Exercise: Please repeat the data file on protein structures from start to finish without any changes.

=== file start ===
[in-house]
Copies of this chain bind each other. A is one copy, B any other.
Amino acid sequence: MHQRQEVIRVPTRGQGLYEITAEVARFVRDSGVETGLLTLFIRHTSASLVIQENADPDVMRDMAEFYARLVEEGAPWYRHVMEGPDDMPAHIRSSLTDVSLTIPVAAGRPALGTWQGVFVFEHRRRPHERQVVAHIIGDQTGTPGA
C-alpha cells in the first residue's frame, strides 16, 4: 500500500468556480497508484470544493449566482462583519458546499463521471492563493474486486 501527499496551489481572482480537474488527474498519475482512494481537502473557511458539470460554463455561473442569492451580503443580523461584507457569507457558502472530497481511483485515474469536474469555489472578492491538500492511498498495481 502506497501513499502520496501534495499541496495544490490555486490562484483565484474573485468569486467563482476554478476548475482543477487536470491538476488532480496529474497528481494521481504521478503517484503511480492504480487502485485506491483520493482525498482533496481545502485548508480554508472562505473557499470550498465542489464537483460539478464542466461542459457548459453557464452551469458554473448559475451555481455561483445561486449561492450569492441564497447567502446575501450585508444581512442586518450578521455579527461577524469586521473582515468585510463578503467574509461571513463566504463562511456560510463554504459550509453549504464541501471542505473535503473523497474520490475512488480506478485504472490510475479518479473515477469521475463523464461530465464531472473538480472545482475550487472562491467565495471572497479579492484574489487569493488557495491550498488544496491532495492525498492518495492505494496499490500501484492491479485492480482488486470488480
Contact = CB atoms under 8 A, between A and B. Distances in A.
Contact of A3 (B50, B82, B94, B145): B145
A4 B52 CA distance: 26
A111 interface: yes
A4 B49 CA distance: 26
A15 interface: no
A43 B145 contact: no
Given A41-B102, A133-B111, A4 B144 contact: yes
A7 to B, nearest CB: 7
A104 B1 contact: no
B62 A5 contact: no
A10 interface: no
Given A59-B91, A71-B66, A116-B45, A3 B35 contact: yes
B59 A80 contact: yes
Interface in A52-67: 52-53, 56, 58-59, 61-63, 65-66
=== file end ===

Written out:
[in-house]
Copies of this chain bind each other. A is one copy, B any other.
Amino acid sequence: MHQRQEVIRVPTRGQGLYEITAEVARFVRDSGVETGLLTLFIRHTSASLVIQENADPDVMRDMAEFYARLVEEGAPWYRHVMEGPDDMPAHIRSSLTDVSLTIPVAAGRPALGTWQGVFVFEHRRRPHERQVVAHIIGDQTGTPGA
C-alpha cells in the first residue's frame, strides 16, 4: 500500500468556480497508484470544493449566482462583519458546499463521471492563493474486486 501527499496551489481572482480537474488527474498519475482512494481537502473557511458539470460554463455561473442569492451580503443580523461584507457569507457558502472530497481511483485515474469536474469555489472578492491538500492511498498495481 502506497501513499502520496501534495499541496495544490490555486490562484483565484474573485468569486467563482476554478476548475482543477487536470491538476488532480496529474497528481494521481504521478503517484503511480492504480487502485485506491483520493482525498482533496481545502485548508480554508472562505473557499470550498465542489464537483460539478464542466461542459457548459453557464452551469458554473448559475451555481455561483445561486449561492450569492441564497447567502446575501450585508444581512442586518450578521455579527461577524469586521473582515468585510463578503467574509461571513463566504463562511456560510463554504459550509453549504464541501471542505473535503473523497474520490475512488480506478485504472490510475479518479473515477469521475463523464461530465464531472473538480472545482475550487472562491467565495471572497479579492484574489487569493488557495491550498488544496491532495492525498492518495492505494496499490500501484492491479485492480482488486470488480
Contact = CB atoms under 8 A, between A and B. Distances in A.
Contact of A3 (B50, B82, B94, B145): B145
A4 B52 CA distance: 26
A111 interface: yes
A4 B49 CA distance: 26
A15 interface: no
A43 B145 contact: no
Given A41-B102, A133-B111, A4 B144 contact: yes
A7 to B, nearest CB: 7
A104 B1 contact: no
B62 A5 contact: no
A10 interface: no
Given A59-B91, A71-B66, A116-B45, A3 B35 contact: yes
B59 A80 contact: yes
Interface in A52-67: 52-53, 56, 58-59, 61-63, 65-66